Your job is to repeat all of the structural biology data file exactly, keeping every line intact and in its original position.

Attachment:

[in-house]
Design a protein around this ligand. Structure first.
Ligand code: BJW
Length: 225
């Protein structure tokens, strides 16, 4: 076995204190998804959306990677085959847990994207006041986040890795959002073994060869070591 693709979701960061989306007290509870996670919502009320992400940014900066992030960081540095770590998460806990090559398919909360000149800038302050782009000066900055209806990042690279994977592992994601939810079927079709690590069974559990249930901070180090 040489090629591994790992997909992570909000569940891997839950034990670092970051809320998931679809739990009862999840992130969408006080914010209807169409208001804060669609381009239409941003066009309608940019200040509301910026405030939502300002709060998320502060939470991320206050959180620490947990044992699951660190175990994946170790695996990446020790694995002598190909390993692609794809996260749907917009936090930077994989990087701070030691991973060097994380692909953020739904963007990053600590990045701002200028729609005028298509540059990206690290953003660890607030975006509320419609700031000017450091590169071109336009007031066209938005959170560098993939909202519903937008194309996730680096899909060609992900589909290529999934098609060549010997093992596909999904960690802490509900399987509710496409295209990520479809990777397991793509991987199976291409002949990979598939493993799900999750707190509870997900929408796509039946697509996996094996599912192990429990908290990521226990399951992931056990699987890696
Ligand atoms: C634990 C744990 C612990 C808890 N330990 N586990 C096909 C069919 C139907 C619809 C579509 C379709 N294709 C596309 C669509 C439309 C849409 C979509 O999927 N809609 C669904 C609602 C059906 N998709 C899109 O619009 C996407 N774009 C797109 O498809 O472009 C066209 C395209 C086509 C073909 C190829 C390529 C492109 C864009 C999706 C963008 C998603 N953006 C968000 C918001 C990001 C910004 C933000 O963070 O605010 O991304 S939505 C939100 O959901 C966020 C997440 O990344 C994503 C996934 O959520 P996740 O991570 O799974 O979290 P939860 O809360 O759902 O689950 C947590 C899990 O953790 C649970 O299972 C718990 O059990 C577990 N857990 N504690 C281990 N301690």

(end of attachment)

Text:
[in-house]
Design a protein around this ligand. Structure first.
Ligand code: BJW
Length: 225
């Protein structure tokens, strides 16, 4: 076995204190998804959306990677085959847990994207006041986040890795959002073994060869070591 693709979701960061989306007290509870996670919502009320992400940014900066992030960081540095770590998460806990090559398919909360000149800038302050782009000066900055209806990042690279994977592992994601939810079927079709690590069974559990249930901070180090 040489090629591994790992997909992570909000569940891997839950034990670092970051809320998931679809739990009862999840992130969408006080914010209807169409208001804060669609381009239409941003066009309608940019200040509301910026405030939502300002709060998320502060939470991320206050959180620490947990044992699951660190175990994946170790695996990446020790694995002598190909390993692609794809996260749907917009936090930077994989990087701070030691991973060097994380692909953020739904963007990053600590990045701002200028729609005028298509540059990206690290953003660890607030975006509320419609700031000017450091590169071109336009007031066209938005959170560098993939909202519903937008194309996730680096899909060609992900589909290529999934098609060549010997093992596909999904960690802490509900399987509710496409295209990520479809990777397991793509991987199976291409002949990979598939493993799900999750707190509870997900929408796509039946697509996996094996599912192990429990908290990521226990399951992931056990699987890696
Ligand atoms: C634990 C744990 C612990 C808890 N330990 N586990 C096909 C069919 C139907 C619809 C579509 C379709 N294709 C596309 C669509 C439309 C849409 C979509 O999927 N809609 C669904 C609602 C059906 N998709 C899109 O619009 C996407 N774009 C797109 O498809 O472009 C066209 C395209 C086509 C073909 C190829 C390529 C492109 C864009 C999706 C963008 C998603 N953006 C968000 C918001 C990001 C910004 C933000 O963070 O605010 O991304 S939505 C939100 O959901 C966020 C997440 O990344 C994503 C996934 O959520 P996740 O991570 O799974 O979290 P939860 O809360 O759902 O689950 C947590 C899990 O953790 C649970 O299972 C718990 O059990 C577990 N857990 N504690 C281990 N301690």